Titanium Fletcher-Suit Delclos-style Applicator Set used for high dose and pulse dose rate treatment of the uterus, cervix, endometrium and vagina, used in conjunction with the Varisource 200 brachytherapy system, made by Varian Medical Systems, Crawley, United Kingdom, 2005
The applicator is inserted close to the site where radiation treatment is needed, and the Varisource system delivers radiation via a source wire. The applicator cylinder is designed so that the distance between the tip and the source remains constant ensuring a targeted, consistent treatment dose. Tungsten alloy segments provide shielding to protect areas of the patient’s anatomy not requiring exposure to radiation. A marking screw allows for external identification of the area being shielded inside.
The afterloader holds the tiny radioactive source (smaller than a grain of rice) in a safe place, until it is needed for treatment. The development of remote afterloading systems, which allow the radiation to be delivered from a shielded safe, and the use of new radioactive sources in the 1950s and 1960s, reduced the risk of unnecessary exposure to the operator and their patients.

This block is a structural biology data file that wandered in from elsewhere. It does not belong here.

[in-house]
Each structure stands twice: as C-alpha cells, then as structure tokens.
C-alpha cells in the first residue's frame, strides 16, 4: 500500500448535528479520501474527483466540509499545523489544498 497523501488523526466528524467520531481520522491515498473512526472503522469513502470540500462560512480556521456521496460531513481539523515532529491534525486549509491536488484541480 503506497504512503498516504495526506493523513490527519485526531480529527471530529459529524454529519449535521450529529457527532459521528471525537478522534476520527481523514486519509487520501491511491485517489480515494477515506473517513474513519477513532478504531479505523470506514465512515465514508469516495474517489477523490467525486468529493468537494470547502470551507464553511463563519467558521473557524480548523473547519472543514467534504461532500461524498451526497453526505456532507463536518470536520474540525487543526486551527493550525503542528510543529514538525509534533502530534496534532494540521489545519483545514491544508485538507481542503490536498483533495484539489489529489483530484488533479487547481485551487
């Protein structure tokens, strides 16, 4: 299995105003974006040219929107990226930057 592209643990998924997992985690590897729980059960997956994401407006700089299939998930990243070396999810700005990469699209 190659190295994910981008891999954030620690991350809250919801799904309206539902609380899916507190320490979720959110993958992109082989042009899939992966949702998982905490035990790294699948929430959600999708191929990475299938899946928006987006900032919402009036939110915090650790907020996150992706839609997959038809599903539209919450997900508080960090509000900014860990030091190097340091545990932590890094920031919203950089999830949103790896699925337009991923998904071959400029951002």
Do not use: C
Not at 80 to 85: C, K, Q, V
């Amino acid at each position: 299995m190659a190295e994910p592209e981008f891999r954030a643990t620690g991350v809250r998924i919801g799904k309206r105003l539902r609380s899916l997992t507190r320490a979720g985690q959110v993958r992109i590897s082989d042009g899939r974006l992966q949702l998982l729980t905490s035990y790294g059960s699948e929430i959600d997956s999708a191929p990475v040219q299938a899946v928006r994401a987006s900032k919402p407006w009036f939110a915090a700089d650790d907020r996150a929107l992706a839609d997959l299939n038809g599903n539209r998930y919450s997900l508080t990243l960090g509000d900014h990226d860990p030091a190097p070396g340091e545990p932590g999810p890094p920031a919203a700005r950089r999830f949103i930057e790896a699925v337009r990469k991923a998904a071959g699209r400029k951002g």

Brachytherapy is a form of radiotherapy which places radioactive sources close or even inside the area requiring treatment. It is usually used to treat prostate cancer, cervical and womb cancer and sometimes head and neck cancers. The advantages of this technique is that the treatment affects only a very localized area so exposure to healthy tissues is reduced. The radioactive source is applied through applicators typically a needle or plastic catheter. On completion of delivery of the radioactive sources, the applicators are carefully removed from the body. Low dose brachytherapy or radioactive seeds remain in the body over a period of a few months. High dose therapies are carried out for a few minutes per visit as part of a treatment plan.